Wednesday, May 30, 2012
X-amining Uncanny X-Men #156
In a Nutshell
The X-Men and the Starjammers pursue Deatbird into space.
Writer: Chris Claremont
Artist: Dave Cockrum
Inker: Bob Wiacek
Letterer: Janice Chiang
Colorist: Don Warfield
Editor: Louise Jones
Editor-in-Chief: Jim Shooter
As Tigra deals with the police, doing her best to use her status as an Avenger to keep them at bay, the Starjammer arrives above the city and teleports the X-Men aboard before racing for deep space in pursuit of Deathbird's ship. As the X-Men reunite with the Starjammers, their medic begins working to save the life of the gravely injured Colossus. Meanwhile, aboard the Shi'ar flagship, Nightcrawler and Kitty are shown a recording of Deathbird's attack on the X-Men by Admiral Lord Samedar, which ends with Colossus' apparent death, devastating and enraging Kitty. Samedar then contacts Deathbird, revealing a secret alliance between the two. Aboard Deathbird's ship, a captive Professor X awakens from a nightmare beside Lilandra, and learns that Deathbird is her sister. On the Starjammer, Corsair tells Cyclops about the Shi'ar attack that separated their family, and how Corsair witnessed the death of his wife at the hands of Emperor D'Ken before escaping and forming the Starjammers.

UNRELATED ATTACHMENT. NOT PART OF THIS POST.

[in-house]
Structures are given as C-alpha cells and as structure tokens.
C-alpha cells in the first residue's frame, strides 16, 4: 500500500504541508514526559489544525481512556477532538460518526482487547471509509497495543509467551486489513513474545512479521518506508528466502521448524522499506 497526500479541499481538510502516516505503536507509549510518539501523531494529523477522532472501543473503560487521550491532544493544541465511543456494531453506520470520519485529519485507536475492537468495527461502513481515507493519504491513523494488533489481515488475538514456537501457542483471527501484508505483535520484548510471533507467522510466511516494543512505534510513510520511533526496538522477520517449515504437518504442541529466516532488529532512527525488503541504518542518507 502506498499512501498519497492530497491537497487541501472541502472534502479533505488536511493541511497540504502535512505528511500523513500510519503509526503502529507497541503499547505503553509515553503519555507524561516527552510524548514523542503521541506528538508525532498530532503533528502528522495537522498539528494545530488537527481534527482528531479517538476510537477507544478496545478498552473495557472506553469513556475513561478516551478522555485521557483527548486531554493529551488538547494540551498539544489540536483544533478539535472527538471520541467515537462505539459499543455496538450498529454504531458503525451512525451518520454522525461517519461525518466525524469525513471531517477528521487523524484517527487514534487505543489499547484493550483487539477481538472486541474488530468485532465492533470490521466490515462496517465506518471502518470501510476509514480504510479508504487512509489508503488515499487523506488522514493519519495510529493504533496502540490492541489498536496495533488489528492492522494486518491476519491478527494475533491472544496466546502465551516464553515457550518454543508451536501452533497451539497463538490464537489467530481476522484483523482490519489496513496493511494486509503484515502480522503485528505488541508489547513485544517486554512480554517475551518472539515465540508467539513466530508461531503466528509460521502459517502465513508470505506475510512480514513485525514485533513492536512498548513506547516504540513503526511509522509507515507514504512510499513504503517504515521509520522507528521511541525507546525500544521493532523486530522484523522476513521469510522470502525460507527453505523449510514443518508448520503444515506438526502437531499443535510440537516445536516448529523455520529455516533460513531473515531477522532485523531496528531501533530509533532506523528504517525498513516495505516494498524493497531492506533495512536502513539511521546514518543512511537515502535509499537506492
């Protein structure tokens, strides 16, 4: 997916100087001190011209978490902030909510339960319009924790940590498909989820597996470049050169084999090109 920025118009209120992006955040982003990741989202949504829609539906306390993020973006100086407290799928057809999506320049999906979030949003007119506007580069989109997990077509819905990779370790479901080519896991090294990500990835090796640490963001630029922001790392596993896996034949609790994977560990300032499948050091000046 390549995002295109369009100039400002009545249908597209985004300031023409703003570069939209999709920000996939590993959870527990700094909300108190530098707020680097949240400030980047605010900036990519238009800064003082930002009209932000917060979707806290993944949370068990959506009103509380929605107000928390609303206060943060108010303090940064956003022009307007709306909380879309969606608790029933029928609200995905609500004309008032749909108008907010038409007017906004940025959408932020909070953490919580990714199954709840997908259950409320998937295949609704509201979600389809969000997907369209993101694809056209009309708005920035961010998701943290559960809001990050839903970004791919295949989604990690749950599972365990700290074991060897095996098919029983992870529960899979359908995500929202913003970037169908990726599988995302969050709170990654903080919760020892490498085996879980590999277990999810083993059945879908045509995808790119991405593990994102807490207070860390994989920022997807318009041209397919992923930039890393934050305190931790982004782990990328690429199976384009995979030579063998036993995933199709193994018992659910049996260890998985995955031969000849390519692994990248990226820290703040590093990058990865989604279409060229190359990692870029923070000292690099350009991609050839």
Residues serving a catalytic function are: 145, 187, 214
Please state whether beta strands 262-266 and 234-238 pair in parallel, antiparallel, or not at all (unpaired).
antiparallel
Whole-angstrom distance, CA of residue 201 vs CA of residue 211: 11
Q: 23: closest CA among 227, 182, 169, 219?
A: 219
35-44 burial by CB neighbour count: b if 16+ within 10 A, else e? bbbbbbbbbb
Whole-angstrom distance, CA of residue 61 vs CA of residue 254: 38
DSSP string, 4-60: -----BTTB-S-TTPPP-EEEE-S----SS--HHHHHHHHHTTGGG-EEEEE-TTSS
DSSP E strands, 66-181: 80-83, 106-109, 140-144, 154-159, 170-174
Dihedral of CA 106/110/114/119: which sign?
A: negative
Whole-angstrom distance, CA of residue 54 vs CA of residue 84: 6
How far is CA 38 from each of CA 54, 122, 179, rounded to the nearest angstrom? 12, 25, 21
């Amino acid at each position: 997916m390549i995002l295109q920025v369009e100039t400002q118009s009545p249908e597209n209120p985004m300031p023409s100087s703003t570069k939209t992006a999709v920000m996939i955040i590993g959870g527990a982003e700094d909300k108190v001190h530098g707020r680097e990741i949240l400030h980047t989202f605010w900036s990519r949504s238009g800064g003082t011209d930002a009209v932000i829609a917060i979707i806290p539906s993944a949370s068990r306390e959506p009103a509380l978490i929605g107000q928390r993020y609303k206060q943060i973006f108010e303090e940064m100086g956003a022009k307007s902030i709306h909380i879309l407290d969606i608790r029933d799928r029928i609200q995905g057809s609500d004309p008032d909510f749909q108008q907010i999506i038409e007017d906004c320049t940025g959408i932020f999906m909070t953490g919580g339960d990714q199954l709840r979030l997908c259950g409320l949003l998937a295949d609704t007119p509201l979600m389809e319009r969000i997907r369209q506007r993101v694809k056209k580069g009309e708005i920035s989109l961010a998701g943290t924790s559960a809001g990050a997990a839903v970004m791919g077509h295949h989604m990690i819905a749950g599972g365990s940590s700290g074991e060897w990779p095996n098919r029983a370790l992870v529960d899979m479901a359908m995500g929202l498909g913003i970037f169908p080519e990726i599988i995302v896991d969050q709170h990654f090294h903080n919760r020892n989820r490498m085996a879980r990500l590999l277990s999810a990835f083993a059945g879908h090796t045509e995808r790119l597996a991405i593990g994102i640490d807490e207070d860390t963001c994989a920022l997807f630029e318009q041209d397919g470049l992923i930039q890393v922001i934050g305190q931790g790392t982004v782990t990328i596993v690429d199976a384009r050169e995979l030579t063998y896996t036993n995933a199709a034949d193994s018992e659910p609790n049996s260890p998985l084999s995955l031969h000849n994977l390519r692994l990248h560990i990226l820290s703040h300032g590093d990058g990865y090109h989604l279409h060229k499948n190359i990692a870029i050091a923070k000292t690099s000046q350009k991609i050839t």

Just then, the X-Men and Starjammers catch up to Deathbird's ship, but both vehicles are swallowed by the Brood's massive, whale-like vessel. The Brood attack, but the Starjammers and the X-Men, including a restored Colossus, hold them off while Cyclops and Corsair sneak aboard Deathbird's ship and rescue Professor X and Lilandra. Storm engages Deathbird, but is distracted enough by the realization that the Brood's ship is alive for Deathbird to push her into space. However, the Starjammer breaks free and is able to teleport Storm aboard before she dies. With Lilandra rescued, the Starjammer hurries back to Earth. However, the damage it has sustained means it won't reach the planet before the Shi'ar deadline expires, and without knowing that Lilandra is alive and well, the Shi'ar will destroy the Earth.
Firsts and Other Notables
It is revealed that Deathbird is Lilandra's older sister, exiled and denied the throne for heinous crimes (presumably killing their mother).
Though he's experienced flashes of the memory before and readers have more or less been told the whole story already, Cyclops finally learns the specific details regarding the Shi'ar attack on his family that led to his parents getting captured and he and his brother being orphaned, and what happened to his parents after they were separated from him.
The Starjammers robotic, bug-like doctor, Sikorsky, makes his first appearance (though he was mentioned by name in issue #108).
This is also the first appearance of the whale-like Acanti race, which the Brood have enslaved and use as living starships, though they go unnamed in this issue.
Issue #166 will reveal that Professor X has been implanted with the egg of a Brood Queen; that implantation is considered to have occurred between last issue and this one, during his imprisonment by Deathbird and the Brood. As he awakens aboard Deathbird's ship in this issue, he suffers a terrible nightmare, the first hint that there is a Brood egg growing inside him.